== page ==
The conference room of 2150 Comm. Ave. pulsed with the sounds of Frank Ocean and Chance the Rapper. Students and faculty mingled around the room munching on cookies and drinking sparkling lemonade. Photographs of young black men were arranged in a semicircle on the beige walls, transforming the space into a photo gallery.
The photographer, Malakhai Pearson, dressed in jean overalls and a green hoodie, effused the kind of effortless style most people struggle to attain. His gallery, “My Brother’s Black Body,” was brought to Boston College as part of the Women’s Center’s Love Your Body Week.
This year’s week, led by Marwa Eltahir, who works in the Women’s Center, is based upon the theme of creating spaces for intersectional identities.
The issues of gender and race as social constructs are complex and deeply rooted in our society, and while Eltahir recognizes this, she still suggests there are many things students can do to dismantle different types of oppression in society.
“Just having honest conversations with people and finding the right resources to be able to further that conversation, whether that be going to … the Women’s Center, or finding different outlets to be able to talk about these things and push your own understanding a little further [is important],” Eltahir said.
“Just appreciate the images for what they are and in the same way, appreciate people for what they are.”
-Malakhai Pearson, photographer of “My Brother’s Black Body”
Pearson is a senior studying business at Bentley University. He finds art to be a provocative and poignant way of expressing both his inner creative drive and sense of social justice.
“I found myself being really challenged, but I wasn’t getting that creative push that I needed and so I just picked up a camera,” Pearson said.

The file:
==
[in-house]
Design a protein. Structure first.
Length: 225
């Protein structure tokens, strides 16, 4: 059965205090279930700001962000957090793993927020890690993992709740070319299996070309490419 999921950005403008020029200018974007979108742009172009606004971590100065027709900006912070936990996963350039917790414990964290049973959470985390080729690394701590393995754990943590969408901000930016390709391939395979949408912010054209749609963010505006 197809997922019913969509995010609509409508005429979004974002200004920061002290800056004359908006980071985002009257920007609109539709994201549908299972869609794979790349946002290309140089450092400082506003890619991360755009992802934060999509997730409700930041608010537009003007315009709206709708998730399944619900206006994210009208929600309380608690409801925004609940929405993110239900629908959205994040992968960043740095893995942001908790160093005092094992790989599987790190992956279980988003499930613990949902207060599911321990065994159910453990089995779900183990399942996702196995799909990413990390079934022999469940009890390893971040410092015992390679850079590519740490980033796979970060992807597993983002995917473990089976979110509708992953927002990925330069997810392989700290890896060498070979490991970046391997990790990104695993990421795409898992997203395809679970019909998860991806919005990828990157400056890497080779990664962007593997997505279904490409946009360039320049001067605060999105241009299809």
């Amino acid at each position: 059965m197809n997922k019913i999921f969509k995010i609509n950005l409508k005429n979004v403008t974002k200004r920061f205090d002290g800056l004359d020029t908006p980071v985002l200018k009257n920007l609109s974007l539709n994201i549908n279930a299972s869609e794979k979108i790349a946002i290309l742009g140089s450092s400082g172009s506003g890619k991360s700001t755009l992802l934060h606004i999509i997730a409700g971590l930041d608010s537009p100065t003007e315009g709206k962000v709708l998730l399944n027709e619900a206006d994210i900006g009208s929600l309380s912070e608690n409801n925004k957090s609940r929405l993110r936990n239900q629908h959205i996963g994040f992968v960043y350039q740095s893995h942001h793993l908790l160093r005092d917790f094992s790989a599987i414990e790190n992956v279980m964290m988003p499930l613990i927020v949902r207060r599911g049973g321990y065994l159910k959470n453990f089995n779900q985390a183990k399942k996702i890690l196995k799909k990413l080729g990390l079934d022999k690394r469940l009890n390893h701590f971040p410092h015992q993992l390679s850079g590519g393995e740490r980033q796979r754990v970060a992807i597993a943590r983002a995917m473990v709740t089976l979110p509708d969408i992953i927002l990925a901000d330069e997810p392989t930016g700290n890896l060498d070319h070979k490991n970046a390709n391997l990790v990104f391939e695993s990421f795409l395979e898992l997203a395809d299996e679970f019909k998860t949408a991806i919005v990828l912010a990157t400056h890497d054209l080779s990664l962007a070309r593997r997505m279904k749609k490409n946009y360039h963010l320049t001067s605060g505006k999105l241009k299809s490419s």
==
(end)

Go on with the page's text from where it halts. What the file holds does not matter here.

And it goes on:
What started off as simply photographing his “homies” has turned into a personal commentary on the perception of black males in society.
“The exhibit is called ‘My Brother’s Black Body’ because I wanted people to be able to connect to that concept of these are your brothers, another human being, not just bodies,” Pearson said.
Race and the perception of the black male have always been a part of Pearson’s life growing up on the south side of Framingham, Mass.
“I grew up in a very diverse racial environment where my best friends were Brazillian and black and I am black and white myself,” he said. “I’ve always had this interesting split between races where you kind of don’t always fit or belong in a certain place being both black and white.”
After moving to the north side of Framingham, Pearson noticed a change in the races of his friends. Instead of seeing a variety of races and ethnicities, the majority of his friends were white.
“So I think that was the first instance where I was really like, ‘Woah, this issue of race actually matters,’ because in the south side I had white friends, black friends, Hispanic friends, everything,” Pearson said.
Pearson’s experience with race culminated this past semester, when he studied abroad in Cape Town, South Africa.
“I was exposed to so much in terms of racial issues and racial confrontation while I was there,” Pearson said. “I think coming back from that put things in perspective for me,” Pearson said.
The exhibit highlights Pearson’s insights from not only this trip, but the experiences with race and ethnicity he had while growing up. While he does not have a specific takeaway message for students, he hopes that they gain a new appreciation for their fellow man.
“Just appreciate the images for what they are and in the same way, appreciate people for what they are—black, white, Asian, or Hispanic—appreciate your brother,” Pearson said.
The exhibit is a form of celebration, he said.
“When you think about what it means to be black or a person of color today in America, sometimes you are laughed at, you’re looked at differently, people tell you that you can’t be things based on the way that you look,” he said. “So for me this is just a celebration of my brother.”
Featured Image by Franciso Ruela / Heights Editor